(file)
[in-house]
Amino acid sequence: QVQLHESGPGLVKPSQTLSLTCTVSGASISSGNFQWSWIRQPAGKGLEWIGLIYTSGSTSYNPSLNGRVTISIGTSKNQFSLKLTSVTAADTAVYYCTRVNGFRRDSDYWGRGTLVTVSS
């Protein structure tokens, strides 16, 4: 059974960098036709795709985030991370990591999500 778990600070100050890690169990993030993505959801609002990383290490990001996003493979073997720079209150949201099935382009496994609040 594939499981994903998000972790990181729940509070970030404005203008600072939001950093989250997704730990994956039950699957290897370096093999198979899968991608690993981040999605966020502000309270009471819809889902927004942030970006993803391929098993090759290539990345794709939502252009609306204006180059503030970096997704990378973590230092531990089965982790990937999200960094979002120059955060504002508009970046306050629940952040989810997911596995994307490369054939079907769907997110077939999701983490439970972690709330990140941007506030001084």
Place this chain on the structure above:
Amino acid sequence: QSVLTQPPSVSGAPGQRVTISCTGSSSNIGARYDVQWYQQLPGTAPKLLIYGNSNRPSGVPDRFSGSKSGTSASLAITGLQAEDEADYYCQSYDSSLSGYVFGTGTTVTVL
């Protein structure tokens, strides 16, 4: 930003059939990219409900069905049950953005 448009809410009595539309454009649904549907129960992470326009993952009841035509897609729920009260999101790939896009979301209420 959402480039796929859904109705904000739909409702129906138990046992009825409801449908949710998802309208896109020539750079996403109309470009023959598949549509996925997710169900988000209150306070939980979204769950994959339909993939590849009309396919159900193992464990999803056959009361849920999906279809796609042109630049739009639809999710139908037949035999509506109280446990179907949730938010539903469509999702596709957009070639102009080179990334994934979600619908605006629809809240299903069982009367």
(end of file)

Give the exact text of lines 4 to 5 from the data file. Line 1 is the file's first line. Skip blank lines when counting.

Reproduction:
Place this chain on the structure above:
Amino acid sequence: QSVLTQPPSVSGAPGQRVTISCTGSSSNIGARYDVQWYQQLPGTAPKLLIYGNSNRPSGVPDRFSGSKSGTSASLAITGLQAEDEADYYCQSYDSSLSGYVFGTGTTVTVL